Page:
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USA: Guantanamo and beyond - The contriving pursuit of inchecked executive Portes

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"according to lau” mean that, if domestic law provides for more than one instance of appeal as part of the process in criminal cases, the convicted person must be given cffective access to cach of these instances of appcal. Thc Committee has also stated that the “provisions of article 14 apply to all courts and tribunals” and that proceedings must "genuinely afford the full guarantees stipulated in article 14." Under Article 14. thcrcforc, thc appcal court must likewise be a competent, independent and impartial tribunal established by law“This will not be the case for those tried by military commission, who will have their convictions and sentences reviewed by a three-member panel of military officers, or civilians commissioned as military officers. They are selected by the Secretary of Defense, and can be removed by him for “good cause", which includes, but is not limited to, physical disability, military cxigency, or other circumstances”. This compares unfavourably, for example, to the judges of the Court of Appeals for the Armed Forces, who review decisions of US courts-martial. These judges are nominated by the President and confirmed by the Senato They arc civilians, and can only be removed by the President for ncglcct of duty, misconduct or disability. One of the three review panellists so far selected by Secretary Rumsfeld for the military commission process is someone who is described as his “good friend and sometime ncighbour”.

As also already noted, the Human Rights Committee, in a recent authoritative comment on “The Nature of the General Legal Obligation Imposed on States Parties to the Covenant" (General Comment 31) has stated that, the Covenant applies also in situations of armud contlict to which the rules of international humanitarian law are applicable. Whilc, in respect of certain Covenant rights, more specific rules of international humanitarian law may be specially relevant for the purposes of the interpretation of Covenant rights, both spheres of law are complementary, not mutually exclusive." 20% Judge Robertson noted that the common Article 3 requirement of trial before “a regularly constituted court affording all the judicial guarantees which are recognized as indispensable by civilized peoples” has no fixed meaning The Human Rights Committee's General Comment clarifics that the mcaning should be interpreted in a way that is complementary to international human rights law. In its pursuit of untettered executive power, the US administration would like to ignore this. The judiciary should put it right. While Amnesty International has welcomed Judge Robertson's decision, it does not believe that he went far enough on all issues. -70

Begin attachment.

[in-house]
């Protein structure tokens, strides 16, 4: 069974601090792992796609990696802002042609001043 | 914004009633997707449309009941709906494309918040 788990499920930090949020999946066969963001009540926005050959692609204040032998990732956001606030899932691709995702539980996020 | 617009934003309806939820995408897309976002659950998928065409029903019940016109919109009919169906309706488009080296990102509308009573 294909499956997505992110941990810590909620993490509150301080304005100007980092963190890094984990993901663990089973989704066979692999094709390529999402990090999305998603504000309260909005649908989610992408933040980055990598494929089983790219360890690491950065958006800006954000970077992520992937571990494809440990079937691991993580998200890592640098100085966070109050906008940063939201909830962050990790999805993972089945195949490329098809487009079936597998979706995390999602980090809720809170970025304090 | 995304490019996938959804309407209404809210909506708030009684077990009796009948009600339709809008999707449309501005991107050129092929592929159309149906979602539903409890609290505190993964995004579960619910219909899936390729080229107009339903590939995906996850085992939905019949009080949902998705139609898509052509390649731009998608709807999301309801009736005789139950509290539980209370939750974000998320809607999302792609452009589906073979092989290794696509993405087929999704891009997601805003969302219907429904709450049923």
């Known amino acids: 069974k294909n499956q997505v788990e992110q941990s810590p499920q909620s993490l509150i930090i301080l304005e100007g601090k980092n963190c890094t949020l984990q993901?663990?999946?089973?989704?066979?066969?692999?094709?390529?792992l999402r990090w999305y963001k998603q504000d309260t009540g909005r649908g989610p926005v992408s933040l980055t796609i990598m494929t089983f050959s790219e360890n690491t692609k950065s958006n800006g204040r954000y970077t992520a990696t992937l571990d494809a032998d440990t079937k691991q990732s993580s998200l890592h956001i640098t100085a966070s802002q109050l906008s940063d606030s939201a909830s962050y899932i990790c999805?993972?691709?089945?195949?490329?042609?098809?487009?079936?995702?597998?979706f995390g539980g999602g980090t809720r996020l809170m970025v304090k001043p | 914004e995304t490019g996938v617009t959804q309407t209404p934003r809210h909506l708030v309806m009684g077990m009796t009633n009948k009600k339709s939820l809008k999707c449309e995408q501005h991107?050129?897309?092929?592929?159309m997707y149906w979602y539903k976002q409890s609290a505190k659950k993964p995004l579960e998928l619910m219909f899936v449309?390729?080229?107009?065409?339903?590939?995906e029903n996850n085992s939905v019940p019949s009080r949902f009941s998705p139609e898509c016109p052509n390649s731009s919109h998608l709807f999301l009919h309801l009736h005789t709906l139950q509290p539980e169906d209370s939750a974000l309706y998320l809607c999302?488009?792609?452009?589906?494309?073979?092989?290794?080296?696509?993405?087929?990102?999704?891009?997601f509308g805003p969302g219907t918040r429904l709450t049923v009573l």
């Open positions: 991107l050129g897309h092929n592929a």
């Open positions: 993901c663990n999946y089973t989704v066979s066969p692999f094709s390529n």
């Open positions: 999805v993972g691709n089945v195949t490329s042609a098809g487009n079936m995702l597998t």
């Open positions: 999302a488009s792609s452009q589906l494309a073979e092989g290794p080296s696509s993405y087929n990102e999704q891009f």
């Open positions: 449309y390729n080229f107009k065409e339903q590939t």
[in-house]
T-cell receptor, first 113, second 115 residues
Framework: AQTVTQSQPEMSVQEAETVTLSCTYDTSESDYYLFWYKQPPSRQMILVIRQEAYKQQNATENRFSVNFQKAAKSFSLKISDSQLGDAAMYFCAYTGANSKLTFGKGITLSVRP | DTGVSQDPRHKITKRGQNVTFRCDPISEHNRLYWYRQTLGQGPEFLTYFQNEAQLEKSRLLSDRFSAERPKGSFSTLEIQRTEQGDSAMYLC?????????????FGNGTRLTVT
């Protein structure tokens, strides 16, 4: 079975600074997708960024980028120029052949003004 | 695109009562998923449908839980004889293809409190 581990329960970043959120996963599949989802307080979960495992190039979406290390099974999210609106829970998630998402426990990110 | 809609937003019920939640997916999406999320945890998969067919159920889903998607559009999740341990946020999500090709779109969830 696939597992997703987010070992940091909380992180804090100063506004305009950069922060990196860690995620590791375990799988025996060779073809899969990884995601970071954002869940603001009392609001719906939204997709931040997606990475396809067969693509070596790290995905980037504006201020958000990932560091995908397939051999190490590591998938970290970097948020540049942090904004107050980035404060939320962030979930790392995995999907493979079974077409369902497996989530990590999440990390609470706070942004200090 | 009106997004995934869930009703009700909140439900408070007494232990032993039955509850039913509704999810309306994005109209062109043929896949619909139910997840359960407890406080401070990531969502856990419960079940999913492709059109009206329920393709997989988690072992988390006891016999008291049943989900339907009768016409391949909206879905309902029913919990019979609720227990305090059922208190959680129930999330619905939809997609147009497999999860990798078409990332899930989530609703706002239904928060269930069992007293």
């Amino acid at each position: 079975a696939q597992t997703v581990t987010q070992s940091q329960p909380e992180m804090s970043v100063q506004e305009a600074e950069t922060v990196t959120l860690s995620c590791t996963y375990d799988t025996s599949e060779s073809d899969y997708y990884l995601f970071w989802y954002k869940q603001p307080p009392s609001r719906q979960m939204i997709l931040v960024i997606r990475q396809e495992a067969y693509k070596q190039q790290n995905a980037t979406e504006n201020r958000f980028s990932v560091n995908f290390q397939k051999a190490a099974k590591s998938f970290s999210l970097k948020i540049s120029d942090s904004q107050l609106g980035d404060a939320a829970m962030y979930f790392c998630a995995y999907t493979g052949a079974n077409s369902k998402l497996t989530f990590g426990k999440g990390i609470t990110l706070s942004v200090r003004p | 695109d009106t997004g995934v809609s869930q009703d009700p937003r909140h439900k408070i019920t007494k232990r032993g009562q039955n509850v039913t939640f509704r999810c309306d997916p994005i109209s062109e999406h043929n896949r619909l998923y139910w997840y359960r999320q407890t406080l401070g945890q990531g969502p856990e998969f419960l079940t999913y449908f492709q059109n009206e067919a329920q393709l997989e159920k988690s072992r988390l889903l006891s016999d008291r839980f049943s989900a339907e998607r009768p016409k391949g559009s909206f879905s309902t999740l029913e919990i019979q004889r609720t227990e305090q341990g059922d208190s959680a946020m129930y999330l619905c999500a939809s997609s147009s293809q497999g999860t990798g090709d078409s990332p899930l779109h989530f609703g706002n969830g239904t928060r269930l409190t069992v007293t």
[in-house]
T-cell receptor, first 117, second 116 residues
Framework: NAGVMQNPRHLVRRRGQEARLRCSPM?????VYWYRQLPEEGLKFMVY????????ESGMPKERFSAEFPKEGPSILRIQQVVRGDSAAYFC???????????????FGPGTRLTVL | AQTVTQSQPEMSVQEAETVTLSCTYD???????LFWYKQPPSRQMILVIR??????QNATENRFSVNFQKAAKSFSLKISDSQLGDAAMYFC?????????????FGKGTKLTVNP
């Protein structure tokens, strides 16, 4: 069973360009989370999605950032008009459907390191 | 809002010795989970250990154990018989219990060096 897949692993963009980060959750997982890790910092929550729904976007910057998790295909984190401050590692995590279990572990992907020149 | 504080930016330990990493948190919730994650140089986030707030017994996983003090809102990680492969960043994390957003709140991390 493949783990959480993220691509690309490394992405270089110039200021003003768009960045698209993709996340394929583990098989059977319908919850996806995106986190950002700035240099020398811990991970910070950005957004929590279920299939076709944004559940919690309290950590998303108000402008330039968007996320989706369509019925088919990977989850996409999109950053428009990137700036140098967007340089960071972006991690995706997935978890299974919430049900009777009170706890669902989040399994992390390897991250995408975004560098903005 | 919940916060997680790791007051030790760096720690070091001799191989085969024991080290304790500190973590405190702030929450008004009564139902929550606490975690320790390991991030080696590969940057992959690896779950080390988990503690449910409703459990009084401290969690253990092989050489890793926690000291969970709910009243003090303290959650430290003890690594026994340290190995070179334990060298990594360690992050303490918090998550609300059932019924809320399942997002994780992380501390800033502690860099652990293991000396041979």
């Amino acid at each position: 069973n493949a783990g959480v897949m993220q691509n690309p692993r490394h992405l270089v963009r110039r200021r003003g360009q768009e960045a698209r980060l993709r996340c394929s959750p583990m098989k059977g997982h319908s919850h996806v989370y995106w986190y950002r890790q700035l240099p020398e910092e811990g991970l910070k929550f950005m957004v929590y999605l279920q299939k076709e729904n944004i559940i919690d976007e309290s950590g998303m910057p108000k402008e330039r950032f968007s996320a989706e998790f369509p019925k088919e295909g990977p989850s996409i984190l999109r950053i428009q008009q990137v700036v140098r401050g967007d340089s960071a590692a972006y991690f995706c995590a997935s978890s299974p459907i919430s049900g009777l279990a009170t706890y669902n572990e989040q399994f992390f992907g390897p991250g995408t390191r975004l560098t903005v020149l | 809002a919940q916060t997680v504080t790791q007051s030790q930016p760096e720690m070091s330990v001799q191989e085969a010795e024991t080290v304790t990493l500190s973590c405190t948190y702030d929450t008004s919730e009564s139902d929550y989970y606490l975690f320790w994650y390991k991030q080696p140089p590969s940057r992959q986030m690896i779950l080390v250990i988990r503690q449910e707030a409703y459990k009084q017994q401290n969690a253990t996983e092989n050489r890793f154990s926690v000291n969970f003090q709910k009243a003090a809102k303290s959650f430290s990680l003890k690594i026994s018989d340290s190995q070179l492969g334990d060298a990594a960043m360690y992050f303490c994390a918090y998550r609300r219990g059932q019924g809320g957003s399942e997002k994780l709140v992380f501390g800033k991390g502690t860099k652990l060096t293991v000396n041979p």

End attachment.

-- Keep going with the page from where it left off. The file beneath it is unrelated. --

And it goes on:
Not only must the judiciary rein in the executive, the legislature must not be tempted into compounding the executive's violations of international law. Judge Robertson noted that the government was seeking dismissal of Hamdan's claim on the grounds that the President has untrammelled power”, inherent in his role as Commander-in-Chief, to establish militan commissions Judge Robertson disagreed: "If the President does have inherent power in this ana it is quite limited." He also noted that "Congress has the power to amend those limits and could do so tomorrow". Amnesty International emphasizes that any legislative proposals mest ensure compliance with international law and standards. In this regard, Amnesty Internatonal notes the following stated by the UN Special Rapporteur on the independence of Ucars and lauters

2012 (230 198). 1 November 1991. Report of the HRC. UN Doc A/47/40 (1992). p. 218 para

to further information, see l St 4deepening van on lustice. Al index: AMR 51130/2004, to me. We wmnoni anglitran inde FNGAVR511202004

Henan Rights Computer. Gencral Comment Vo 31 on Article 2 of the Covenant: The Naturs of the Gral Legal Ob igaton Imposed on States Parties to the Covenant UN Doc. LE PRETRPA Revo 21 April 2004. para 11

For example. Judge Robertson kopted the adequacy of the review panel appointed by the come to Town convictions and sentences